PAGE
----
Almost from the time YouTube launched there have been at least a scattering of videos related to nanotechnology to be found on it. Some have been good and some less so, but certainly the number of videos has expanded over the years.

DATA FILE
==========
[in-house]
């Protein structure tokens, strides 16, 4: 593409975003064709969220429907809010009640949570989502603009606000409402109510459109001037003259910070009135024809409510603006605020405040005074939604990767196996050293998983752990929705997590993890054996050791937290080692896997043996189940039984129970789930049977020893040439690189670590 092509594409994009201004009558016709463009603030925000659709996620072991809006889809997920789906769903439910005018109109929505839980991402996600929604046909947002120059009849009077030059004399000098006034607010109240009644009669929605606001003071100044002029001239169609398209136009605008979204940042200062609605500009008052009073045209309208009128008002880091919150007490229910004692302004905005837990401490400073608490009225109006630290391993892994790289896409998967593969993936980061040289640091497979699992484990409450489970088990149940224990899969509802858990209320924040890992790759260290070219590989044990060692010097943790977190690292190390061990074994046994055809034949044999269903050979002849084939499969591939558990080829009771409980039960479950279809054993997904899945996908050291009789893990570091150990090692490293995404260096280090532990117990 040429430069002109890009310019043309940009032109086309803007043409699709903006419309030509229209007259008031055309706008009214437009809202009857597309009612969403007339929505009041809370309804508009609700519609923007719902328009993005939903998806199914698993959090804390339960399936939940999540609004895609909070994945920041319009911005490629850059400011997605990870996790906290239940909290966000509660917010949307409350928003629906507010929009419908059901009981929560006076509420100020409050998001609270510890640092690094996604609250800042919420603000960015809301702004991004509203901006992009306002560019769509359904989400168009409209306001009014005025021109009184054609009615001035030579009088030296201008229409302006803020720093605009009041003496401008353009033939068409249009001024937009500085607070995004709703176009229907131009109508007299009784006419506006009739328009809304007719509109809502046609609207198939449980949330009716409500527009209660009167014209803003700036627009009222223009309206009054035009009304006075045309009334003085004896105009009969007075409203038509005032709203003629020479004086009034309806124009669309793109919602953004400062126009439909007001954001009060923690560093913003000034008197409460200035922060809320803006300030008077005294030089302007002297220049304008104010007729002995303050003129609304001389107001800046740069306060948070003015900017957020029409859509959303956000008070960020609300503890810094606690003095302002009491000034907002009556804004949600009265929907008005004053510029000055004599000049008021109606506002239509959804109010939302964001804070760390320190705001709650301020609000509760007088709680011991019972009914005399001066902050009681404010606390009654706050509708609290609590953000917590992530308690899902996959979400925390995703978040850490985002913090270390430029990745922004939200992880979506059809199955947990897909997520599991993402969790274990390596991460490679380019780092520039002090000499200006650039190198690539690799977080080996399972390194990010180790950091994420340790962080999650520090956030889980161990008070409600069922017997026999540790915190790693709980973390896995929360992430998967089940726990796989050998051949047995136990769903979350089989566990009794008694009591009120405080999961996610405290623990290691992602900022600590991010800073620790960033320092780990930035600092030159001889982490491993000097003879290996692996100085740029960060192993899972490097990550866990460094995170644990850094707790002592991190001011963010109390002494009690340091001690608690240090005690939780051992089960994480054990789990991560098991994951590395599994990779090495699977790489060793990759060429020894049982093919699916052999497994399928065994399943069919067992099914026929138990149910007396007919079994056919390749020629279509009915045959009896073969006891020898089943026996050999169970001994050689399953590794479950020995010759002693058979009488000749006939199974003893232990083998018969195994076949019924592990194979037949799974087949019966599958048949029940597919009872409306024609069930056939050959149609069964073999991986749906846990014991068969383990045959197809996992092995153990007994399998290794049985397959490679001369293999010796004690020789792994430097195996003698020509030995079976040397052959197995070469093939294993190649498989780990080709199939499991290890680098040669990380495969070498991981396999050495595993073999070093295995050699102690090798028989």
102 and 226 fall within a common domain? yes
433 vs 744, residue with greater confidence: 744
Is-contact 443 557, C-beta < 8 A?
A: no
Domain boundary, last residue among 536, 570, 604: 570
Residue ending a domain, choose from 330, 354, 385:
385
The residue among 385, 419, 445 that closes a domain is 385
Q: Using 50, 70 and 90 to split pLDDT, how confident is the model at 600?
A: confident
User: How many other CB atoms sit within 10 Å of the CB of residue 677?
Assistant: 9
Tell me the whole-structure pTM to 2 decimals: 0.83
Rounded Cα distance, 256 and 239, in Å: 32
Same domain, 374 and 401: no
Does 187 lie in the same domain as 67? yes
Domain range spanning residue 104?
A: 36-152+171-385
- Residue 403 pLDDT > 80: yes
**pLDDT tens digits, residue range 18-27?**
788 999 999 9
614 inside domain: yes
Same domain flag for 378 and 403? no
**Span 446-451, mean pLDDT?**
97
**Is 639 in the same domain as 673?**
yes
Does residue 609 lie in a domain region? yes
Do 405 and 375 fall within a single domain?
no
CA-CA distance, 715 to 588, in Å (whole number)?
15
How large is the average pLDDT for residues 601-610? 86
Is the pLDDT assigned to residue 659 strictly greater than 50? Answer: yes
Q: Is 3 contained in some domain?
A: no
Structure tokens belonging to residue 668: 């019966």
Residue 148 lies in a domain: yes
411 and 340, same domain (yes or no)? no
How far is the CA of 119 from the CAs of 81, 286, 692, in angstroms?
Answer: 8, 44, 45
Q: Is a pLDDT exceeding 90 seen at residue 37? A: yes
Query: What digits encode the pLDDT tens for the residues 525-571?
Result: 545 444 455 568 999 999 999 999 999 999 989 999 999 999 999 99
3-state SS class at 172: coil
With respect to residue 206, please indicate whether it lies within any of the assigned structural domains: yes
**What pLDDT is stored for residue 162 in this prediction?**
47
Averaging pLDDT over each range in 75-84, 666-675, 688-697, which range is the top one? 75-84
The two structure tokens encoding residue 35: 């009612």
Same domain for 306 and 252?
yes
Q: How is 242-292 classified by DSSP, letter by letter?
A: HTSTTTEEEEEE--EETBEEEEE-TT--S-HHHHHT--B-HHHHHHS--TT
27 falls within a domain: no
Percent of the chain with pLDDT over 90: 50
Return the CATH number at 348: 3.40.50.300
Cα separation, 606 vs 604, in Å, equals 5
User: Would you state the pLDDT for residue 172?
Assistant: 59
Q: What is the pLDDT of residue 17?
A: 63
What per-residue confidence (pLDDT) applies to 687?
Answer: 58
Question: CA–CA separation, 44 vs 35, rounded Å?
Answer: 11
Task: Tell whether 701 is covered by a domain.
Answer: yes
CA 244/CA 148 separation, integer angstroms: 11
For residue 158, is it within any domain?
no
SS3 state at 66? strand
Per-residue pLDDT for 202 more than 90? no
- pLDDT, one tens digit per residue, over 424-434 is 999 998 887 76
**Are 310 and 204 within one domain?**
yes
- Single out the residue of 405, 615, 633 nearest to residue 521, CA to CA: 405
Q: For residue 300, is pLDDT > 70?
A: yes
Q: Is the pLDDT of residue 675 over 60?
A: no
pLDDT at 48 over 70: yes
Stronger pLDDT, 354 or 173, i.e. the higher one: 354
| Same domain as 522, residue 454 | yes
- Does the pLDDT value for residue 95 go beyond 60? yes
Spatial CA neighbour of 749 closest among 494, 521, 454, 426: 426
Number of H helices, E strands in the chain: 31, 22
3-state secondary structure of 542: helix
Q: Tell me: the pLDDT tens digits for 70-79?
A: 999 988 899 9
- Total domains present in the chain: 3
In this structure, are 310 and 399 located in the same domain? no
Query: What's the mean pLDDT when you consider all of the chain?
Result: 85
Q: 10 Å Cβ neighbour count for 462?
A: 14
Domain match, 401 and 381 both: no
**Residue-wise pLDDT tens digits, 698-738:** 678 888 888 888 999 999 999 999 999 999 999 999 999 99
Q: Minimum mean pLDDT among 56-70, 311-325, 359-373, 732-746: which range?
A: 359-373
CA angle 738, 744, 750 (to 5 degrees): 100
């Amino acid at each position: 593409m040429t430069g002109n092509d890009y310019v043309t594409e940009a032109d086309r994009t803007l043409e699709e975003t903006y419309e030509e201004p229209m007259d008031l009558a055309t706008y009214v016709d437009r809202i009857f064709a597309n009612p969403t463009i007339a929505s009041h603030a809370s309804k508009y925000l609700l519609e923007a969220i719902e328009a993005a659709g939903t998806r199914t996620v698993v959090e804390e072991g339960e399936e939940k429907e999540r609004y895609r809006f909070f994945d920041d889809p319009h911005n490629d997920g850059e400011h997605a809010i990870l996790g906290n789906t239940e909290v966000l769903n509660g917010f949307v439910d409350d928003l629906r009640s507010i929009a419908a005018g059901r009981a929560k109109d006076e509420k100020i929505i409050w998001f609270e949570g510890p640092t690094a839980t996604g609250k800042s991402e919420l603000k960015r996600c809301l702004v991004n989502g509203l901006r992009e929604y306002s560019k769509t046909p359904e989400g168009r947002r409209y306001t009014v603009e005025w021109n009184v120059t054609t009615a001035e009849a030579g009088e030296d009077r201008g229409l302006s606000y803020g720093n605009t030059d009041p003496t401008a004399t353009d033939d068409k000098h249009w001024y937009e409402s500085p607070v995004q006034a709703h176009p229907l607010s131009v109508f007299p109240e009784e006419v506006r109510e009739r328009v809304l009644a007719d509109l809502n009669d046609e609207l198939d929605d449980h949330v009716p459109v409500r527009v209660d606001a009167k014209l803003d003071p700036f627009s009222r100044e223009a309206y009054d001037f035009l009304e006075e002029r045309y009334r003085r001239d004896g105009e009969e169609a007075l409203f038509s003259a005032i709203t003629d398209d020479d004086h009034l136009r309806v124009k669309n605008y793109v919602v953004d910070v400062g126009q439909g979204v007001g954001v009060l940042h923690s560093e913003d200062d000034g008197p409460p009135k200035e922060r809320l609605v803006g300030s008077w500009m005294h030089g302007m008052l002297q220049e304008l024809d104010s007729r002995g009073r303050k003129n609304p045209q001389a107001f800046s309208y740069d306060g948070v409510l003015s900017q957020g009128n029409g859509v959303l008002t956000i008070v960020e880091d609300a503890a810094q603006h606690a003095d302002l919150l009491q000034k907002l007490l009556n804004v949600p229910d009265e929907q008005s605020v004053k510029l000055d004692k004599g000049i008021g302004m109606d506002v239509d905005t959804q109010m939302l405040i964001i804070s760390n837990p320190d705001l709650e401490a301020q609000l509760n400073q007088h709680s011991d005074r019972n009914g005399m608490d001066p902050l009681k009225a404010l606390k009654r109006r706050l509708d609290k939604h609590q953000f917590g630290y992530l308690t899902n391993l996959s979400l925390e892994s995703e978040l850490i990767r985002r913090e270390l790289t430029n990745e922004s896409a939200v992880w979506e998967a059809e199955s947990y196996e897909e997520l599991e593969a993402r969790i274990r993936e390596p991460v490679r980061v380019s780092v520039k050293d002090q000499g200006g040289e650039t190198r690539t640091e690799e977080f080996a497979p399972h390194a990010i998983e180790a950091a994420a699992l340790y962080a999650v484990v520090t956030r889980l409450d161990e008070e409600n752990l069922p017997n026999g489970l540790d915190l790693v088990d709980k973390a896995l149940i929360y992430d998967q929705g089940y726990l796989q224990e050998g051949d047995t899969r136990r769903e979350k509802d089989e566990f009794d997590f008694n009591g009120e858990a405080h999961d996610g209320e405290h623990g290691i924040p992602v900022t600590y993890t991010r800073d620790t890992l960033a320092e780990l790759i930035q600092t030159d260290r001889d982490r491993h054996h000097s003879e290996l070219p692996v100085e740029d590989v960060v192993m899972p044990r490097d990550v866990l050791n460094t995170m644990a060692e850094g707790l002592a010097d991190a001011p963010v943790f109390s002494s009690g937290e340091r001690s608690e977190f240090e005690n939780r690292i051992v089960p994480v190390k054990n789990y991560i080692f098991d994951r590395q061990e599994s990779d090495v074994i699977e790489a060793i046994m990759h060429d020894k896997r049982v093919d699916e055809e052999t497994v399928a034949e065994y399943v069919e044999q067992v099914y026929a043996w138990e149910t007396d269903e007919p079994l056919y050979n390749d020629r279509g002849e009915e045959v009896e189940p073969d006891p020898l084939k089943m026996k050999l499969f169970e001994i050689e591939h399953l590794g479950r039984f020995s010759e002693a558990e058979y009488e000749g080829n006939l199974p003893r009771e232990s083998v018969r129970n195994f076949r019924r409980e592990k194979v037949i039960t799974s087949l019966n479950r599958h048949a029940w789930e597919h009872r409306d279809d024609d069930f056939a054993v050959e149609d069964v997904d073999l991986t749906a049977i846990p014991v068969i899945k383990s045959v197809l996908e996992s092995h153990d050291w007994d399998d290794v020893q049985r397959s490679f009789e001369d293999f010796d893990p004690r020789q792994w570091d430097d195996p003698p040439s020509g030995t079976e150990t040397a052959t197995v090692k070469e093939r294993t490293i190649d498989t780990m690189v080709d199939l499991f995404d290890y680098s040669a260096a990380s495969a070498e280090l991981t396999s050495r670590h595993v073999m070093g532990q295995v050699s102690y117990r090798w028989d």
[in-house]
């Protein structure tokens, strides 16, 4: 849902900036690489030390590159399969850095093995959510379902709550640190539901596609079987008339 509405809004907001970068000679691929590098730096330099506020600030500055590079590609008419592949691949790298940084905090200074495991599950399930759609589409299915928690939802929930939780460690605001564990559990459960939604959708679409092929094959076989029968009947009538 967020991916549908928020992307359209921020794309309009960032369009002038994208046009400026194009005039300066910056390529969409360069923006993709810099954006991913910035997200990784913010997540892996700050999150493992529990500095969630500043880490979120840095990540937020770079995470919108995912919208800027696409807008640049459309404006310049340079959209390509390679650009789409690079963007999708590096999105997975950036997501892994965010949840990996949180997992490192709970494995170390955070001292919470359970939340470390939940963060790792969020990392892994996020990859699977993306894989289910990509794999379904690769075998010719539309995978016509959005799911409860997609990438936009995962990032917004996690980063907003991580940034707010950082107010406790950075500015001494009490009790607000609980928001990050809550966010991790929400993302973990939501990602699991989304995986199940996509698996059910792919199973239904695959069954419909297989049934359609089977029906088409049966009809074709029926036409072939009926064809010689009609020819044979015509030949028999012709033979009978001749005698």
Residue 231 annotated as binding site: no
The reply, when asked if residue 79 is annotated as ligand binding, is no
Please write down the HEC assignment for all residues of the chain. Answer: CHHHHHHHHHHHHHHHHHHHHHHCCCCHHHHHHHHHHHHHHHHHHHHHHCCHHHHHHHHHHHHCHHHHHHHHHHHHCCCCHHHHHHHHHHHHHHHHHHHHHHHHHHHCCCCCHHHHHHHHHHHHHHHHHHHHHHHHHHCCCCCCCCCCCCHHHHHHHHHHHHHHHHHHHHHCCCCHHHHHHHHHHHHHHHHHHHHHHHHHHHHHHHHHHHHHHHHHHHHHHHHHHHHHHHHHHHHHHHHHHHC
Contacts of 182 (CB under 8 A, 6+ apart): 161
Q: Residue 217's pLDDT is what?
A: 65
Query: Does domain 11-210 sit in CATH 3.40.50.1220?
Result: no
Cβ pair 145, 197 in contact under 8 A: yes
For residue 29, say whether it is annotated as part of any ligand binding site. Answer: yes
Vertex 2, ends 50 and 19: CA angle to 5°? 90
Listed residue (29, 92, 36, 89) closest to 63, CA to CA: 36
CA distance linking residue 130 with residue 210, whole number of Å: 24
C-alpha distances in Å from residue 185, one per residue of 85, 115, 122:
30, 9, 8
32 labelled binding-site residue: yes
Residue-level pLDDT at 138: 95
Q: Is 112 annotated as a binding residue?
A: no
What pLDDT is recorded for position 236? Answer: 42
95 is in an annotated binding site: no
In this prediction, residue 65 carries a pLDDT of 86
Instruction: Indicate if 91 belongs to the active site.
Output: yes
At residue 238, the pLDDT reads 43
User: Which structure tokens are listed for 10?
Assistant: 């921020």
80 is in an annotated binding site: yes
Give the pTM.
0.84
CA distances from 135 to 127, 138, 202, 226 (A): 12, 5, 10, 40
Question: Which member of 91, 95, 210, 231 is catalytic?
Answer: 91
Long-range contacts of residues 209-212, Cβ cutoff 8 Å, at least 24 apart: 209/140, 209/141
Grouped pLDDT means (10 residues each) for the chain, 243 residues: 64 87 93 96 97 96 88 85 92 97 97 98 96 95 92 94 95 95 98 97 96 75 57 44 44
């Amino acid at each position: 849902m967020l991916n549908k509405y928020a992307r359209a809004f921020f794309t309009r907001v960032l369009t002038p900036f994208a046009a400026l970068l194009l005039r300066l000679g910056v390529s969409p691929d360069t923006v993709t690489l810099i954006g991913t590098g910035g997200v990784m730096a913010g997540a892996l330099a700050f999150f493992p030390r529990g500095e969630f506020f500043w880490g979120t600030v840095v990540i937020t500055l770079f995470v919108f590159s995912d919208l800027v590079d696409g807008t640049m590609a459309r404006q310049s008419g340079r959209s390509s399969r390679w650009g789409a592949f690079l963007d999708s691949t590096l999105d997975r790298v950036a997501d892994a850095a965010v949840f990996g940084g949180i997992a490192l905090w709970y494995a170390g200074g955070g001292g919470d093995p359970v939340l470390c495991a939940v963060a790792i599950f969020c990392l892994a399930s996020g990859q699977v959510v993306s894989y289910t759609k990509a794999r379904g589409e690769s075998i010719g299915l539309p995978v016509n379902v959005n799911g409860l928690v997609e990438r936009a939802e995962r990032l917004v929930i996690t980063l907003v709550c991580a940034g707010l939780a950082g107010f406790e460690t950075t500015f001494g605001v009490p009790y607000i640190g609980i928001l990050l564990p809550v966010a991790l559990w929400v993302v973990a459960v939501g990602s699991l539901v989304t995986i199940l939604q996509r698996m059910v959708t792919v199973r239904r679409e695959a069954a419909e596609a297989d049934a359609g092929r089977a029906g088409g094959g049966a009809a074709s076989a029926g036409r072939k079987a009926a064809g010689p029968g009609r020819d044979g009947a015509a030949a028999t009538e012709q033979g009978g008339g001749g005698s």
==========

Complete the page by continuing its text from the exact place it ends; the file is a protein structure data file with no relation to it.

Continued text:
With this increase, there have been those who have uploaded and collected nano-based videos and I recently came across a fairly new aggregator of these nanotechnology-related videos on YouTube called the NISE (Nanoscale Informal Science Education) Network, or at least new to meI haven’t really looked at a wide variety of videos that NISE has collected, but the ones that come from a DVD NISE Network produced called “Talking Nano” contains some real gems. In particular, I enjoyed a seminar George Whitesides gave educators and journalists back in 2007 at the Museum of Science in Boston on what they should know and consider important when relating the subject of nanotechnology either to their students or their audience. Whitesides, of course, is a renowned scientist at Harvard University, and someone who I’ve come to appreciate for his unique perspectives on how nanotechnology will develop. I really recommend watching all four parts of the video below, but this one alone, the first in the series, has so many pearls of wisdom at least watch this one. For instance, he believes that nanotechnology will have its biggest impact in an area he terms “commodity infrastructure”, which to Whitesides includes things like energy, water and environmental maintenance. Okay, this is a presentation for lay people with long explanations about the scale of nanotechnology, but even the engineers and scientists who read Spectrum will enjoy it.